Honey: Raw vs. Pasteurized
Honey has a lot of nutritional benefits. It’s really the most nutritious sweetener around.
Not all honey is created equal, however.
While all honey offers some benefits, the processing involved in most honey production destroys a lot of the best stuff.
If you want to get the most out of the money you spend on your honey, it’s important to be informed.
Getting to know the difference between raw honey and pasteurized honey is an important first step. Whether or not your honey is unfiltered or organic is also important to know.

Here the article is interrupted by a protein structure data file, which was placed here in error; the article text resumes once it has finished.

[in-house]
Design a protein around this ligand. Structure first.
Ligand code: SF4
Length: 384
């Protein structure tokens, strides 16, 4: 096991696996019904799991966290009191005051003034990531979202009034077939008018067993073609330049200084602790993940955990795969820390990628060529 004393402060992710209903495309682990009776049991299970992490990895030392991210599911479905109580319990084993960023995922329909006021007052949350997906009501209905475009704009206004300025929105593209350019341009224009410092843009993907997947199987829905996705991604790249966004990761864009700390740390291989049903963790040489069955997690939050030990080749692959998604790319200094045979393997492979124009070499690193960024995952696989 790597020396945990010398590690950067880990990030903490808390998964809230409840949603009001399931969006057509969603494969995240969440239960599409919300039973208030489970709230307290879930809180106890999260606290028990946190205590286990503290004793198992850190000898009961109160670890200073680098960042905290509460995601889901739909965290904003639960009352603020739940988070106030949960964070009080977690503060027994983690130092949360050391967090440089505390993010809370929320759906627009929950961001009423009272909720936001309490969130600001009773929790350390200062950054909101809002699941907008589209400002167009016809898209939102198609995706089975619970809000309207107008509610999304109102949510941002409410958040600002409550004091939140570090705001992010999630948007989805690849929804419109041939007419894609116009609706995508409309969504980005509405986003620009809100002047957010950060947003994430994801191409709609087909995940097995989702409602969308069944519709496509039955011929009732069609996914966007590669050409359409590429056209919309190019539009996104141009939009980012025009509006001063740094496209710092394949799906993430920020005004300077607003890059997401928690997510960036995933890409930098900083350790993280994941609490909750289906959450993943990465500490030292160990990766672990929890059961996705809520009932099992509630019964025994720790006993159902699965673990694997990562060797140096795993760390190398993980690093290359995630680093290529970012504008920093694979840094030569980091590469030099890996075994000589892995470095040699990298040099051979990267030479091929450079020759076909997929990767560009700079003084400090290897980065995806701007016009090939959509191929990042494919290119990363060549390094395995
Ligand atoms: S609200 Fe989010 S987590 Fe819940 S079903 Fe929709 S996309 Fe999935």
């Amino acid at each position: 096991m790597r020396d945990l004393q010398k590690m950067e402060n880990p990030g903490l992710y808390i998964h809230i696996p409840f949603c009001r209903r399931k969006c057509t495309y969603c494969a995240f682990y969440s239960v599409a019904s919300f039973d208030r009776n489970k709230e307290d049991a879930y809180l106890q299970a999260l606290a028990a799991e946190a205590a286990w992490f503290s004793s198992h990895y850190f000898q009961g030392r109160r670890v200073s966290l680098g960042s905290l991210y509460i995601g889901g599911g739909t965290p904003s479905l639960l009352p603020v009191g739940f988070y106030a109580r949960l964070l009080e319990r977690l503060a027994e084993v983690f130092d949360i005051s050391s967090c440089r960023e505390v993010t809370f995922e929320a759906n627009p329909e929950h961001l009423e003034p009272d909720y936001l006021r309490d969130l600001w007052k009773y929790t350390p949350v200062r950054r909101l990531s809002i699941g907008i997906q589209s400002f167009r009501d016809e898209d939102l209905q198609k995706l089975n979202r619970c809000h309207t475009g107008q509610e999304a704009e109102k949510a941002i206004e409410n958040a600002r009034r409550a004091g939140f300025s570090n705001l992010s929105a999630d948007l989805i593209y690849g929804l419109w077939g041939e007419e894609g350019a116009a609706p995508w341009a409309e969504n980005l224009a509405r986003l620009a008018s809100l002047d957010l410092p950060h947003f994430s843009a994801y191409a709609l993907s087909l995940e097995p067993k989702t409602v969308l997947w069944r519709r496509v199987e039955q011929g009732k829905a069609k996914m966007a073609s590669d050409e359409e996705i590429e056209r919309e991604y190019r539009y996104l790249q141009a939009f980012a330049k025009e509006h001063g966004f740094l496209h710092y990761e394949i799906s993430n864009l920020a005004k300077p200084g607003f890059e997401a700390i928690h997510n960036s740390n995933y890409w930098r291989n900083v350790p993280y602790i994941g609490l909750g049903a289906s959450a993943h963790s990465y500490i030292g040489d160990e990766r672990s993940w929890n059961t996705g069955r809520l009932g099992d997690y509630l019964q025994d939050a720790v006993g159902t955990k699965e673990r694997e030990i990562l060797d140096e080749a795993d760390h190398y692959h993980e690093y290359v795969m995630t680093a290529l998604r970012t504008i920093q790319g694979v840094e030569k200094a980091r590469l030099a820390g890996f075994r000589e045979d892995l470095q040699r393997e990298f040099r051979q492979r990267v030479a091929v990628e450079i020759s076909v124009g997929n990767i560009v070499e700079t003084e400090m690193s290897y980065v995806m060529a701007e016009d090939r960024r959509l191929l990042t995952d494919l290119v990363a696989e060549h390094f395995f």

Why go raw?
Without a question, raw is best.
First off, honey doesn’t need to be pasteurized to make it safe to put on a shelf, that’s a misconception.
Plus, the pasteurization process actually strips the honey of many of its most beneficial nutrients.
BenefitsofHoney.com explains that: “A lot of honey found in the supermarket is not raw honey but “commercial” regular honey, some of which has been pasteurized (heated at 70 degrees Celsius or more, followed by rapid cooling) for easy filtering and bottling so that it looks cleaner and smoother, more appealing on the shelf, and easier to handle and package.”
Pasteurization also kills the beneficial bacteria and enzymes that are naturally occurring in honey. Even the vitamins, minerals and antioxidants are damaged by the heat, reducing their value considerably, as well.
Why would anyone go to the expense of removing nutrients? Instead of marketing their honey for its incredible nutrient value, they focus on making it look smoother or prettier.